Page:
Comments about technological history, system fractures, and human resilience from James R. Chiles, the author of Inviting Disaster: Lessons from the Edge of Technology (HarperBusiness 2001; paperback 2002) and The God Machine: From Boomerangs to Black Hawks, the Story of the Helicopter (Random House, 2007, paperback 2008)

Sunday, April 21, 2013

Fertilizer-Plant Explosion in West, Texas

A little about the explosion at West, Texas. A Chemical Safety Board go-team is at the site, along with investigators from the Texas State Chemist . This news report says experts have identified the epicenter of the explosion, but aren't releasing that info yet. Later, we'll get the official word about exactly what exploded and why.

But the center is pretty clear from this photo in the Fort-Worth Star-Telegram, given streaks and the location of debris (Tony Gutierrez, Associated Press):

Note, for example, where the company's big ammonia tank sat (the round yellow foundation at upper right) and where the walls of that tank ended up. A line connecting those two locations leads to the center point of the explosion. While I haven't seen an official diagram of the plant, the epicenter looks like the north end of the dry barn mentioned in some news reports.

Here's a labeled photogram of the blast site, along with an aerial posted on from last year. (Kudos to Bing and Pictometry for having recent aerial photographs on line):
We're told that West stored a large quantity of dry ammonium nitrate fertilizer in the dry barn, perhaps 270 tons at times. From a good piece in Chemistry World about ammonium nitrate, here's a snip:
"It is an intriguing feature of ammonium nitrate is that it should not, according to thermodynamics, even exist. It is a compound that contains nitrogen in two forms - surrounded by oxygen in one and by hydrogen in the other. In chemical parlance the nitrogen is, side-by-side, in oxidised and reduced forms. Normally one would expect them to react together, combining to form the more stable dinitrogen, dioxygen and water in a complicated partner swapping process called comproportionation. But in ammonium nitrate, this process does not happen at room temperature, making it a metastable compound, like a lake of water trapped behind a dam. Even if you are careful, ammonium nitrate is an accident waiting to happen."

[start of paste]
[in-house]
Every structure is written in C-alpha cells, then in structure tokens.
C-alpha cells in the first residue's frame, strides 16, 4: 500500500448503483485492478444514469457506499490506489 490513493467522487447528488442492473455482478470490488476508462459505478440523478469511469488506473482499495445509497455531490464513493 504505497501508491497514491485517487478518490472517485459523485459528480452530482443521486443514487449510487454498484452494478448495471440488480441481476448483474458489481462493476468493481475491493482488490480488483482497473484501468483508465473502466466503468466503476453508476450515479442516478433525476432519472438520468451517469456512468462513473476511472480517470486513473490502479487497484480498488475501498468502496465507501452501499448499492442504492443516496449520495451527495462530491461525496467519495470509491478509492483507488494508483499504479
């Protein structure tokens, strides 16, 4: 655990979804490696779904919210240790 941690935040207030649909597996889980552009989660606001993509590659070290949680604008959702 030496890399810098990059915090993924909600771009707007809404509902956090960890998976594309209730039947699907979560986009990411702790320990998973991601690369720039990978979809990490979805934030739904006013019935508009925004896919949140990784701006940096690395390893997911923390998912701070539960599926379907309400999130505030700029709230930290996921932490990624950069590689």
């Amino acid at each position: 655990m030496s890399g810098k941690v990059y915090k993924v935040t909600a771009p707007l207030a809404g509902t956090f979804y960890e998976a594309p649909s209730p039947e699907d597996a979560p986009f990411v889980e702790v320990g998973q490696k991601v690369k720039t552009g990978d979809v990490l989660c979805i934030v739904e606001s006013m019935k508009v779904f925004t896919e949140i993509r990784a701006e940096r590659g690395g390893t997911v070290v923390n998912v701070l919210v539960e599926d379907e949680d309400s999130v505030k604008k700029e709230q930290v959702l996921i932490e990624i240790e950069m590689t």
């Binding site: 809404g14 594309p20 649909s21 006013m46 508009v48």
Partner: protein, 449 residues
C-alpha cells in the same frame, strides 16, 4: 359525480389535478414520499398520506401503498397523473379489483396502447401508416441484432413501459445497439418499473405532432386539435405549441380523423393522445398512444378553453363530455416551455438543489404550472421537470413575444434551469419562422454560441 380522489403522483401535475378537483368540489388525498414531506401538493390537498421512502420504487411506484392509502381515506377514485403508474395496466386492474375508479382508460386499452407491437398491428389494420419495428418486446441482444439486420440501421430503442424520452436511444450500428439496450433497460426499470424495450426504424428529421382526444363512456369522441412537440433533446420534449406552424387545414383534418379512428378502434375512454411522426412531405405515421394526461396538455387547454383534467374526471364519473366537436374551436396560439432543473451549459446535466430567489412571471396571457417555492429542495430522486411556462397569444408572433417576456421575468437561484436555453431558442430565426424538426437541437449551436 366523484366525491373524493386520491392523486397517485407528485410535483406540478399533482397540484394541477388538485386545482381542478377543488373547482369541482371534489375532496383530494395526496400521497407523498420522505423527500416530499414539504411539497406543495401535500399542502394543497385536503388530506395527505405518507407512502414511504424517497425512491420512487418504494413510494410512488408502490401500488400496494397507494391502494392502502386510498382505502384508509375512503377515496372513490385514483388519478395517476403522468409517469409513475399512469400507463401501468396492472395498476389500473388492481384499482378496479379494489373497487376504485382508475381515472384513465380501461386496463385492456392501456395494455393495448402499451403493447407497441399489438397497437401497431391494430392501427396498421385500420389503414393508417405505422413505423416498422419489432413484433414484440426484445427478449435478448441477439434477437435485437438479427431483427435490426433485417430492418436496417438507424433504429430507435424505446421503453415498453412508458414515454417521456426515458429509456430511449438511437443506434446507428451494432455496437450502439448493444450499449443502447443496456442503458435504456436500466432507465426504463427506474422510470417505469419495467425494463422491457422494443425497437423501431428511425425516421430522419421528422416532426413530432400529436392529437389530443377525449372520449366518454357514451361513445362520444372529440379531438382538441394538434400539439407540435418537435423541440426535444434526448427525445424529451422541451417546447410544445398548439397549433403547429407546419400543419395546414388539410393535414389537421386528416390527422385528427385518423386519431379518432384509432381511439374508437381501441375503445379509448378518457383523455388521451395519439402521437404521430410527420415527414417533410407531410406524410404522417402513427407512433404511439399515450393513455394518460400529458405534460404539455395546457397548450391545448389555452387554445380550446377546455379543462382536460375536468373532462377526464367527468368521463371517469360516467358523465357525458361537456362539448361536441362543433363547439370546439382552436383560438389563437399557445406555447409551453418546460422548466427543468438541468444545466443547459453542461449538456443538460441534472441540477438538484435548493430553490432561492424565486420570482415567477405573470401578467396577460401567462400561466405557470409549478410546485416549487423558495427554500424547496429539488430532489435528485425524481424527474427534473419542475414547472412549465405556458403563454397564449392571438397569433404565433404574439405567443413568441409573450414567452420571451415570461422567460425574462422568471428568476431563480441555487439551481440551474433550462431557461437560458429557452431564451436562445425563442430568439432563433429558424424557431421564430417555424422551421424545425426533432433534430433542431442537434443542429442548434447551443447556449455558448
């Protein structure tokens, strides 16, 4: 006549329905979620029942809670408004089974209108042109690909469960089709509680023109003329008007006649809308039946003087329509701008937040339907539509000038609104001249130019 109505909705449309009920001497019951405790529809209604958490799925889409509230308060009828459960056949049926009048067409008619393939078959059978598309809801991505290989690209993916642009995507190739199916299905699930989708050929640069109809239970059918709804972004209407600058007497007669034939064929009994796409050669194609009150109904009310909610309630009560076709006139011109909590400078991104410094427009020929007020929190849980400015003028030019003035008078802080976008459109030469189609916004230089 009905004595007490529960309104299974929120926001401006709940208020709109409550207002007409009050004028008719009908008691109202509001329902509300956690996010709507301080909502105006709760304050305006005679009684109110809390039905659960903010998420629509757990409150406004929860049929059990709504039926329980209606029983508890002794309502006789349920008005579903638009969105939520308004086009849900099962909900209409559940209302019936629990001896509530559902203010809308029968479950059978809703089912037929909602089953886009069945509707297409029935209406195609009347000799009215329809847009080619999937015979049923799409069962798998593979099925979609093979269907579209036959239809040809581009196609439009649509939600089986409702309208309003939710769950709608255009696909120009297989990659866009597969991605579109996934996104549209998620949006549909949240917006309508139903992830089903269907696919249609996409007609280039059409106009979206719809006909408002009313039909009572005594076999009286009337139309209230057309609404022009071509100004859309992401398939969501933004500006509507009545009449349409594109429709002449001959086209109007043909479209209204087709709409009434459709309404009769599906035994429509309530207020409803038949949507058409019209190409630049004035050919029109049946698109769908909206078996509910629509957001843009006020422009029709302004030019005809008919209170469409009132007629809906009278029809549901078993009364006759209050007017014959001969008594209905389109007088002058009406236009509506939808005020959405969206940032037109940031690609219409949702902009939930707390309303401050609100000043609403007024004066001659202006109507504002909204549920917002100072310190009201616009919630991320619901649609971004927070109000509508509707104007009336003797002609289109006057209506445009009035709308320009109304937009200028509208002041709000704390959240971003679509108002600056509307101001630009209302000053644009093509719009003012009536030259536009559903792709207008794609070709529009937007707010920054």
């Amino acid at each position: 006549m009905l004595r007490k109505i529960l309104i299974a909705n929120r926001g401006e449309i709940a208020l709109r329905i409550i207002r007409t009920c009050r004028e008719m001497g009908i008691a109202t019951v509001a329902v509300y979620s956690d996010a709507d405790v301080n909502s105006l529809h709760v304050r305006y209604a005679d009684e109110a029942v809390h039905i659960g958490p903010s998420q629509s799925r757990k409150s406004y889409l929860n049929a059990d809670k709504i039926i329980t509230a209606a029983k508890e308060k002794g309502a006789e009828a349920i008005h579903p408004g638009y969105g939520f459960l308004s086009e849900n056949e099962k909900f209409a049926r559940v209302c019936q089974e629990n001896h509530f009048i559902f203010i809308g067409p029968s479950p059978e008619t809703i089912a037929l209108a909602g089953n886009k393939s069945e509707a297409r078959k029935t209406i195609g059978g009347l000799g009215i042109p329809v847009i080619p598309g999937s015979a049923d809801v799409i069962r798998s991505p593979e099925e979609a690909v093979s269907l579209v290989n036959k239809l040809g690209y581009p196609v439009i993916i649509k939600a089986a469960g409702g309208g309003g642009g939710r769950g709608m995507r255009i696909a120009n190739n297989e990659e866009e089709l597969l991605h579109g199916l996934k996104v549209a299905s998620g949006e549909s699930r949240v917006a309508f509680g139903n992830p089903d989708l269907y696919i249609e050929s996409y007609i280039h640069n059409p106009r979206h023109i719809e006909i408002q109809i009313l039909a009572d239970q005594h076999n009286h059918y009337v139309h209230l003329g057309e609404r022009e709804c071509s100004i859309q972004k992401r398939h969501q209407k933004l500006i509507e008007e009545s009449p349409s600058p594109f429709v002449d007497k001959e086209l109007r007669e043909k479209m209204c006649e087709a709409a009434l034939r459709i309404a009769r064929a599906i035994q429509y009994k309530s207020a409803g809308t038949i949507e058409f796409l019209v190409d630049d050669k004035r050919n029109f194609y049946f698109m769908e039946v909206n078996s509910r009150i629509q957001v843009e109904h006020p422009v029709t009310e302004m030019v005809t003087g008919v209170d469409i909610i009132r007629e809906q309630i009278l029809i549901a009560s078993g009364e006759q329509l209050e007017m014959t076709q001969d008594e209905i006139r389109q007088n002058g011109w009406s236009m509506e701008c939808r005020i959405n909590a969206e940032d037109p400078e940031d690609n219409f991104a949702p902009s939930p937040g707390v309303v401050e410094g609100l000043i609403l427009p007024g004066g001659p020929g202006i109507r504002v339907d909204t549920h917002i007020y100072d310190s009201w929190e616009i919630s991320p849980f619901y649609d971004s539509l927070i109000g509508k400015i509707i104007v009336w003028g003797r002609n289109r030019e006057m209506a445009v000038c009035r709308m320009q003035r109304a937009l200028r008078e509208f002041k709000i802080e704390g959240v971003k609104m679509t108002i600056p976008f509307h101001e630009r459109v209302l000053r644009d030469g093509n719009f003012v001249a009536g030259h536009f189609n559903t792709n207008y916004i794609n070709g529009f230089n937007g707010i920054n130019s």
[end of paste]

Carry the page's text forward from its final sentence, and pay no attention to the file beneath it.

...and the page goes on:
When heated in a fire, ammonium nitrate doesn't always blow up but it might. If the smoke changes color to some shade of orange, that may mean the material is in a runaway reaction generating oxides of nitrogen. I interviewed a worker at a dynamite plant who once saw fumes from an overheating vat of metriol trinitrate change color in such a fashion, and he ran fast enough and far enough to survive the blast.

And one witness in West mentioned that the smoke from the fire at West Fertilizer changed color shortly before the blast.

1 comment:

  1. Fire safety suspects that a fire ignited the ammonium nitrate pellets stored on site and caused the pressurized contents of the silo/canisters to expand and explode. The EPA focused solely on the potential hazard of the ammonium canisters, assessing if they were stored properly. They failed to assess if other chemicals in the plant may ignite and explode. It was thought that the plant will not cause fire or explosion, but it was proven tragically wrong.